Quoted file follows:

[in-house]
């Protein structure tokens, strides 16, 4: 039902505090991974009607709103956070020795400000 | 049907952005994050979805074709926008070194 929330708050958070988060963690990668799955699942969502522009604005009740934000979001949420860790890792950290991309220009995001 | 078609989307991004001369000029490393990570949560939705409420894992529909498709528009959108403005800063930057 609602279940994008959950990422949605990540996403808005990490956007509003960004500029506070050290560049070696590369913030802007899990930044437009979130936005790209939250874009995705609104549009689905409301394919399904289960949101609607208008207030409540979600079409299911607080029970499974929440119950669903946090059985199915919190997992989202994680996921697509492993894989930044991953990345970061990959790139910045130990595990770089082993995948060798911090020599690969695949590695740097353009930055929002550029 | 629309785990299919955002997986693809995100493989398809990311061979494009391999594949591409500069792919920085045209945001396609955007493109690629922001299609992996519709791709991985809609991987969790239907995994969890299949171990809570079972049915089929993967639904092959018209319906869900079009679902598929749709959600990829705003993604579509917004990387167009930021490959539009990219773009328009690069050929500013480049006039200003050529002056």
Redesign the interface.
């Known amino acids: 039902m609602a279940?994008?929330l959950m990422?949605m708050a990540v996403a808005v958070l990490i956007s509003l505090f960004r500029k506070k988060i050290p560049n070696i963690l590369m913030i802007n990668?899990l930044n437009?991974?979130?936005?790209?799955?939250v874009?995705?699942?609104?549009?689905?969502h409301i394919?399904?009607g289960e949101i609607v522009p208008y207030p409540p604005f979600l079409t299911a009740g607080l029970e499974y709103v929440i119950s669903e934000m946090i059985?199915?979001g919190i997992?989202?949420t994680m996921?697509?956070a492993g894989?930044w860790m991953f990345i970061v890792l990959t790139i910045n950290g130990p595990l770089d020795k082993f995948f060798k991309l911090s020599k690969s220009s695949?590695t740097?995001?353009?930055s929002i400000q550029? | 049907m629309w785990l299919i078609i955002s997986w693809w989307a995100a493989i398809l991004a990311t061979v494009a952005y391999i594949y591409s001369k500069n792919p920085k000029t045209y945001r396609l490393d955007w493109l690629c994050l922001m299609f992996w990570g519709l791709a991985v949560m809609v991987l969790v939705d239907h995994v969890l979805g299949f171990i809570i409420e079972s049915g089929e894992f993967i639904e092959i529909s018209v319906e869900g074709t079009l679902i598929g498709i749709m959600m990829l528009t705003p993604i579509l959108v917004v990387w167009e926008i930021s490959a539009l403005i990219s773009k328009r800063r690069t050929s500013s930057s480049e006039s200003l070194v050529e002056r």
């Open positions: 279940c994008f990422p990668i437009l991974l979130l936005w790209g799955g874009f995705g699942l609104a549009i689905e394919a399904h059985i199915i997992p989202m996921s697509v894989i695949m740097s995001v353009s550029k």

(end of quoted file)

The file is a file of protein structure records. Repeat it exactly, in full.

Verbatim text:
[in-house]
């Protein structure tokens, strides 16, 4: 039902505090991974009607709103956070020795400000 | 049907952005994050979805074709926008070194 929330708050958070988060963690990668799955699942969502522009604005009740934000979001949420860790890792950290991309220009995001 | 078609989307991004001369000029490393990570949560939705409420894992529909498709528009959108403005800063930057 609602279940994008959950990422949605990540996403808005990490956007509003960004500029506070050290560049070696590369913030802007899990930044437009979130936005790209939250874009995705609104549009689905409301394919399904289960949101609607208008207030409540979600079409299911607080029970499974929440119950669903946090059985199915919190997992989202994680996921697509492993894989930044991953990345970061990959790139910045130990595990770089082993995948060798911090020599690969695949590695740097353009930055929002550029 | 629309785990299919955002997986693809995100493989398809990311061979494009391999594949591409500069792919920085045209945001396609955007493109690629922001299609992996519709791709991985809609991987969790239907995994969890299949171990809570079972049915089929993967639904092959018209319906869900079009679902598929749709959600990829705003993604579509917004990387167009930021490959539009990219773009328009690069050929500013480049006039200003050529002056």
Redesign the interface.
């Known amino acids: 039902m609602a279940?994008?929330l959950m990422?949605m708050a990540v996403a808005v958070l990490i956007s509003l505090f960004r500029k506070k988060i050290p560049n070696i963690l590369m913030i802007n990668?899990l930044n437009?991974?979130?936005?790209?799955?939250v874009?995705?699942?609104?549009?689905?969502h409301i394919?399904?009607g289960e949101i609607v522009p208008y207030p409540p604005f979600l079409t299911a009740g607080l029970e499974y709103v929440i119950s669903e934000m946090i059985?199915?979001g919190i997992?989202?949420t994680m996921?697509?956070a492993g894989?930044w860790m991953f990345i970061v890792l990959t790139i910045n950290g130990p595990l770089d020795k082993f995948f060798k991309l911090s020599k690969s220009s695949?590695t740097?995001?353009?930055s929002i400000q550029? | 049907m629309w785990l299919i078609i955002s997986w693809w989307a995100a493989i398809l991004a990311t061979v494009a952005y391999i594949y591409s001369k500069n792919p920085k000029t045209y945001r396609l490393d955007w493109l690629c994050l922001m299609f992996w990570g519709l791709a991985v949560m809609v991987l969790v939705d239907h995994v969890l979805g299949f171990i809570i409420e079972s049915g089929e894992f993967i639904e092959i529909s018209v319906e869900g074709t079009l679902i598929g498709i749709m959600m990829l528009t705003p993604i579509l959108v917004v990387w167009e926008i930021s490959a539009l403005i990219s773009k328009r800063r690069t050929s500013s930057s480049e006039s200003l070194v050529e002056r």
């Open positions: 279940c994008f990422p990668i437009l991974l979130l936005w790209g799955g874009f995705g699942l609104a549009i689905e394919a399904h059985i199915i997992p989202m996921s697509v894989i695949m740097s995001v353009s550029k």